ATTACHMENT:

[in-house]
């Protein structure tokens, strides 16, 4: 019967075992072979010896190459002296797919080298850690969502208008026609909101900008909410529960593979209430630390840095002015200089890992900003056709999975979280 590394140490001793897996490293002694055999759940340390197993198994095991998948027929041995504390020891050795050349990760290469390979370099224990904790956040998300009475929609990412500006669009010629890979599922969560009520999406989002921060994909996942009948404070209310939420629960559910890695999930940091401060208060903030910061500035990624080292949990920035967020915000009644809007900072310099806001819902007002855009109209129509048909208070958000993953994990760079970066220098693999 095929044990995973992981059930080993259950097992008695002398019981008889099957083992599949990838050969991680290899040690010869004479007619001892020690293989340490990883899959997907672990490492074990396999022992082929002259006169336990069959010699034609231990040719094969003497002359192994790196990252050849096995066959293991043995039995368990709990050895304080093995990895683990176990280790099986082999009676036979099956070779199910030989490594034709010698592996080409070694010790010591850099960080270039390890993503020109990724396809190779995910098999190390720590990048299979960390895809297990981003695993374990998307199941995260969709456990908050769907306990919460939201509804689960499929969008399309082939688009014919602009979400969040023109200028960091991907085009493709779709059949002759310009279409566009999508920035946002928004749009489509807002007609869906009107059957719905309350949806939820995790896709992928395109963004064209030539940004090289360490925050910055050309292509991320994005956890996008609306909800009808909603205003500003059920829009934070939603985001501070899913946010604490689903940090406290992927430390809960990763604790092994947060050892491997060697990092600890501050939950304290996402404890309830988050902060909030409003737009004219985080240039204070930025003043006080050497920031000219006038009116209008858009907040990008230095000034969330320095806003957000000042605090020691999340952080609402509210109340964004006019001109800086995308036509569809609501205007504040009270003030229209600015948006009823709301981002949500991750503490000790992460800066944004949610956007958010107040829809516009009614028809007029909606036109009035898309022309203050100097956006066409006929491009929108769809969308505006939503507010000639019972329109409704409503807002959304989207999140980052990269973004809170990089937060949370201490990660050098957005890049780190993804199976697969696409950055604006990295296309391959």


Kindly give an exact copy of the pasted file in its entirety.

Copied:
[in-house]
């Protein structure tokens, strides 16, 4: 019967075992072979010896190459002296797919080298850690969502208008026609909101900008909410529960593979209430630390840095002015200089890992900003056709999975979280 590394140490001793897996490293002694055999759940340390197993198994095991998948027929041995504390020891050795050349990760290469390979370099224990904790956040998300009475929609990412500006669009010629890979599922969560009520999406989002921060994909996942009948404070209310939420629960559910890695999930940091401060208060903030910061500035990624080292949990920035967020915000009644809007900072310099806001819902007002855009109209129509048909208070958000993953994990760079970066220098693999 095929044990995973992981059930080993259950097992008695002398019981008889099957083992599949990838050969991680290899040690010869004479007619001892020690293989340490990883899959997907672990490492074990396999022992082929002259006169336990069959010699034609231990040719094969003497002359192994790196990252050849096995066959293991043995039995368990709990050895304080093995990895683990176990280790099986082999009676036979099956070779199910030989490594034709010698592996080409070694010790010591850099960080270039390890993503020109990724396809190779995910098999190390720590990048299979960390895809297990981003695993374990998307199941995260969709456990908050769907306990919460939201509804689960499929969008399309082939688009014919602009979400969040023109200028960091991907085009493709779709059949002759310009279409566009999508920035946002928004749009489509807002007609869906009107059957719905309350949806939820995790896709992928395109963004064209030539940004090289360490925050910055050309292509991320994005956890996008609306909800009808909603205003500003059920829009934070939603985001501070899913946010604490689903940090406290992927430390809960990763604790092994947060050892491997060697990092600890501050939950304290996402404890309830988050902060909030409003737009004219985080240039204070930025003043006080050497920031000219006038009116209008858009907040990008230095000034969330320095806003957000000042605090020691999340952080609402509210109340964004006019001109800086995308036509569809609501205007504040009270003030229209600015948006009823709301981002949500991750503490000790992460800066944004949610956007958010107040829809516009009614028809007029909606036109009035898309022309203050100097956006066409006929491009929108769809969308505006939503507010000639019972329109409704409503807002959304989207999140980052990269973004809170990089937060949370201490990660050098957005890049780190993804199976697969696409950055604006990295296309391959």